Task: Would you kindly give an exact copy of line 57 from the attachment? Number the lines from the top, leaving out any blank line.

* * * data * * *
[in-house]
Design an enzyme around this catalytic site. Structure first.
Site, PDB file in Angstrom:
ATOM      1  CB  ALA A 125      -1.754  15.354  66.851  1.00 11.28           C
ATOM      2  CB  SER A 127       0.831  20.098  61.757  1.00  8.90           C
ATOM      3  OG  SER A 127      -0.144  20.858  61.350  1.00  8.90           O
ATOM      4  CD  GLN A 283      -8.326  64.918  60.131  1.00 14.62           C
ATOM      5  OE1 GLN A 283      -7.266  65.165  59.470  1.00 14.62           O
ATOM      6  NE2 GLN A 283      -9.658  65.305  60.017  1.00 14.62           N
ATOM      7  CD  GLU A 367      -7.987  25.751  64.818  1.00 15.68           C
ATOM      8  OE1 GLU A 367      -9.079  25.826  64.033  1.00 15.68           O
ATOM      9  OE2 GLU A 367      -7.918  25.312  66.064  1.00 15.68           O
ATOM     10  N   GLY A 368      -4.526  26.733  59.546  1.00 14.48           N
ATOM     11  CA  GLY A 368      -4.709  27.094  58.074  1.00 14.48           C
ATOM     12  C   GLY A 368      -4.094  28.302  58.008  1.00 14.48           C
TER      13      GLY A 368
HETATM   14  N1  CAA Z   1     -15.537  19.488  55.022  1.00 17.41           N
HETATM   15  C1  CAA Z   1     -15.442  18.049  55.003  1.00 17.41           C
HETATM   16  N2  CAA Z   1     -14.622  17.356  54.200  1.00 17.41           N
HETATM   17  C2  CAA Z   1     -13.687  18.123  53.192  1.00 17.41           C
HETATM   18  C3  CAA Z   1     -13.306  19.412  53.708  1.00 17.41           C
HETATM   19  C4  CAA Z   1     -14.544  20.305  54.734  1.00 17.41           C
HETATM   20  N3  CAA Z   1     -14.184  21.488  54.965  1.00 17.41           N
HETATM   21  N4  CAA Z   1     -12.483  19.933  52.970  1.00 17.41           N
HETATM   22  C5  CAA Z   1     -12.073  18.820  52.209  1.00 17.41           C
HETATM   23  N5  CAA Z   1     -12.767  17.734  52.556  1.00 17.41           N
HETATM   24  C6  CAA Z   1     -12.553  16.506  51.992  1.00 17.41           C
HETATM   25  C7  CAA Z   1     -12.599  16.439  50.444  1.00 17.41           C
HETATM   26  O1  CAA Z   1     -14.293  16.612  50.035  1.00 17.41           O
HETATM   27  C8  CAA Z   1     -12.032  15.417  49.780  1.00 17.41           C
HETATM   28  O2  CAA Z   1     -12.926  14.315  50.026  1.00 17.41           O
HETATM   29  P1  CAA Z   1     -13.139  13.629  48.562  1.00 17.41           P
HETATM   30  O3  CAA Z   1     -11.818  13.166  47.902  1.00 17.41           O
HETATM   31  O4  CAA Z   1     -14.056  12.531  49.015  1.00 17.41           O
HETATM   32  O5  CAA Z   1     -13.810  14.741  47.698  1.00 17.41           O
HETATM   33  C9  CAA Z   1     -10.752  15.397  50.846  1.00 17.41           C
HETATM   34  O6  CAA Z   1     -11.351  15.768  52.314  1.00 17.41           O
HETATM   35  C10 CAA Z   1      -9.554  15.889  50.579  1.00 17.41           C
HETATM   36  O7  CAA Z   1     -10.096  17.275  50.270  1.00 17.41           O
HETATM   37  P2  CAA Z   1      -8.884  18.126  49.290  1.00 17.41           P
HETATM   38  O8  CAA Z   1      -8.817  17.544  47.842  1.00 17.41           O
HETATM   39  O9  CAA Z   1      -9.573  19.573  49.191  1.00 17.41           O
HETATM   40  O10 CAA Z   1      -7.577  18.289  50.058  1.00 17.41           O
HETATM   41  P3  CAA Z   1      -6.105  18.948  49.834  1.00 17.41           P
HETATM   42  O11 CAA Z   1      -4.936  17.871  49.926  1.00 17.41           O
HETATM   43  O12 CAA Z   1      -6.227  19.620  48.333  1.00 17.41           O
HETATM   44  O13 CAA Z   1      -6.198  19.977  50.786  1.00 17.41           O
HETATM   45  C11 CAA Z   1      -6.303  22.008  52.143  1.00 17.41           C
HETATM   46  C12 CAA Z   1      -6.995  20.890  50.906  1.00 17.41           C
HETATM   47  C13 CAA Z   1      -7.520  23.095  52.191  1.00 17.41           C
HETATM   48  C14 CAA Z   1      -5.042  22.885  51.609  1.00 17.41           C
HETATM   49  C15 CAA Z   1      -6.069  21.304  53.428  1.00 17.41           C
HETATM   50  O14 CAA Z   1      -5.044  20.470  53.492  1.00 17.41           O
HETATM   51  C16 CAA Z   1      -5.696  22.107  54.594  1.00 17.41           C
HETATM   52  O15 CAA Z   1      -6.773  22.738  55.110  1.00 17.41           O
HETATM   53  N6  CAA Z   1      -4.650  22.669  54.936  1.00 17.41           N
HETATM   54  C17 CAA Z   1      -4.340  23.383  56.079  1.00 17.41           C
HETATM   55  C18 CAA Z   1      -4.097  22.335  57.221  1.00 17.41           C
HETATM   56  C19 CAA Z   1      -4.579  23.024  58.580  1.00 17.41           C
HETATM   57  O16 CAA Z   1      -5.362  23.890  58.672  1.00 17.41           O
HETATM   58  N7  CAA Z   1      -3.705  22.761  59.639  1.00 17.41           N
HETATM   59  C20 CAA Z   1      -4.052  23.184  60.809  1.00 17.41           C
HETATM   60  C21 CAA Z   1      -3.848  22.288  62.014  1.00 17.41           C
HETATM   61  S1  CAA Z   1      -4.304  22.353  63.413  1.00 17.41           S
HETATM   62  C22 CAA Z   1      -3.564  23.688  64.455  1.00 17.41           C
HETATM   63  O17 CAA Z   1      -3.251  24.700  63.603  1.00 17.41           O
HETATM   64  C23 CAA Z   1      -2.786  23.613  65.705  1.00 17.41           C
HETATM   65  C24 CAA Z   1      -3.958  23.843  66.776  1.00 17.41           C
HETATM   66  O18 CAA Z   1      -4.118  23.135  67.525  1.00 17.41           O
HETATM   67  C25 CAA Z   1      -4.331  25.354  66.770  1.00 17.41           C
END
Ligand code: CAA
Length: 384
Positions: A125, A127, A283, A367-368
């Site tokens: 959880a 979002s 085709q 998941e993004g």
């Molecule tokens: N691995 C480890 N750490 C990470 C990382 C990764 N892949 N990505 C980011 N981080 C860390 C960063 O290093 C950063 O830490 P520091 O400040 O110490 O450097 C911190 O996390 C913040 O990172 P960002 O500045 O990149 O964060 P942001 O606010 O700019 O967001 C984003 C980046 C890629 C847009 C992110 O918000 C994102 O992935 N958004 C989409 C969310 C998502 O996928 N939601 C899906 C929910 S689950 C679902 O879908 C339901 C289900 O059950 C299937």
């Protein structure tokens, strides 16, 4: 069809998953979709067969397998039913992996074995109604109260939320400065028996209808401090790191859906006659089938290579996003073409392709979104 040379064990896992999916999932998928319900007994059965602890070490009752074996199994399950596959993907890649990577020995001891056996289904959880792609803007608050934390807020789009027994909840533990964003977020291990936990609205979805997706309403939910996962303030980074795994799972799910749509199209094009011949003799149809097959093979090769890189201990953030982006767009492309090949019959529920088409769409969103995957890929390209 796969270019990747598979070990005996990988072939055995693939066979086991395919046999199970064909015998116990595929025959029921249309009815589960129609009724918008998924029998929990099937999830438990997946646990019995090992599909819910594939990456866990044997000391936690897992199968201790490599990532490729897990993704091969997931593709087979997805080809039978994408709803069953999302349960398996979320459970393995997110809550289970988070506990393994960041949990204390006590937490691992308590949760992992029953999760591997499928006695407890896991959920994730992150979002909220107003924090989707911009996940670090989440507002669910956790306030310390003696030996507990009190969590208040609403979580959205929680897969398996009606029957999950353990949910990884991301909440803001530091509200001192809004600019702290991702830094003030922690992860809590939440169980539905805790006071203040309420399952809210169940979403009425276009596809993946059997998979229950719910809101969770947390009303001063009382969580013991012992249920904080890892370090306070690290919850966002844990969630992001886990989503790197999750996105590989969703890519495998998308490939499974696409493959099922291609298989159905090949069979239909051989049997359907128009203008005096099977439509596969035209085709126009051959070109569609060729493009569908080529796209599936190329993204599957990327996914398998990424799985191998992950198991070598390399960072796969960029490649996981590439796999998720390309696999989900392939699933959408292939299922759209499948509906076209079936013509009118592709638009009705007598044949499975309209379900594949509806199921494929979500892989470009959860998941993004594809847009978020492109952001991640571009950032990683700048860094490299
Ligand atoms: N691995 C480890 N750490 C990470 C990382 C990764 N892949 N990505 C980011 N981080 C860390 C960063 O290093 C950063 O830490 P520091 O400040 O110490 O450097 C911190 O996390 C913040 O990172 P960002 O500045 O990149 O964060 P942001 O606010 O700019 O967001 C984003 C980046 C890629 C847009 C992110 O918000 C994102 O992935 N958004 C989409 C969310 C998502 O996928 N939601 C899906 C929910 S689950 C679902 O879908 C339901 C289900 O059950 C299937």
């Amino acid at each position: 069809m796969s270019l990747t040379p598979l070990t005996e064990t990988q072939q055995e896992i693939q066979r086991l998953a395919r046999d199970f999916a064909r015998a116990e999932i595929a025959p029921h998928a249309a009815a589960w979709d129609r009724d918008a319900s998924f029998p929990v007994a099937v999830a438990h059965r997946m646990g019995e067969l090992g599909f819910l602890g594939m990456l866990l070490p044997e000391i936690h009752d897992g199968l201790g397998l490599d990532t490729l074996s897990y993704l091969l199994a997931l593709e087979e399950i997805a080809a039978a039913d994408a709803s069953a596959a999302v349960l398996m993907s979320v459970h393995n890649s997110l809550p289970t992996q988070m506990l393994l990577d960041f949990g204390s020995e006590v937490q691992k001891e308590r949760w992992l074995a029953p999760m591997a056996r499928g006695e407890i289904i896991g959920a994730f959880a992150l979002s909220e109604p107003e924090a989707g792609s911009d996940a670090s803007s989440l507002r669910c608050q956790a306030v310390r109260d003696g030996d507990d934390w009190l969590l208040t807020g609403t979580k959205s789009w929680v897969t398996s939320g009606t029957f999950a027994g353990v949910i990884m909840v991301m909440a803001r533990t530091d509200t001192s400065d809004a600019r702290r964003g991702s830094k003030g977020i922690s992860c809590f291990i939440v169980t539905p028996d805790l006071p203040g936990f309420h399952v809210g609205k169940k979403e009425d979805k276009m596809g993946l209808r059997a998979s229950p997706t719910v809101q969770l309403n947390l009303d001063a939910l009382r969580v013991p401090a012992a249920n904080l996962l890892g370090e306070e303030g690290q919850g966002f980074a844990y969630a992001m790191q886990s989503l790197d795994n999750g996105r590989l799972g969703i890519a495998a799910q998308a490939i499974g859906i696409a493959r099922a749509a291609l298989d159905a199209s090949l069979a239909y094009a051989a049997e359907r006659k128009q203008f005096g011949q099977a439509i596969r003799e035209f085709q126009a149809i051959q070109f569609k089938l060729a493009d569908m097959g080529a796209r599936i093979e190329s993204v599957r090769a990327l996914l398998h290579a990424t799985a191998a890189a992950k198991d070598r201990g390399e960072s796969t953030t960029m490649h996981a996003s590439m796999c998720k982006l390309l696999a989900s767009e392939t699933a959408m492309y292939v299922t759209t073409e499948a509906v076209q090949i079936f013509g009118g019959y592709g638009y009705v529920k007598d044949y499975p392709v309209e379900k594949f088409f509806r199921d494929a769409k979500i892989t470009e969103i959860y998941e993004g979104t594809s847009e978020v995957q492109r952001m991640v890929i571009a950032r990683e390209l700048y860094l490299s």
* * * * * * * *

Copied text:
HETATM   54  C17 CAA Z   1      -4.340  23.383  56.079  1.00 17.41           C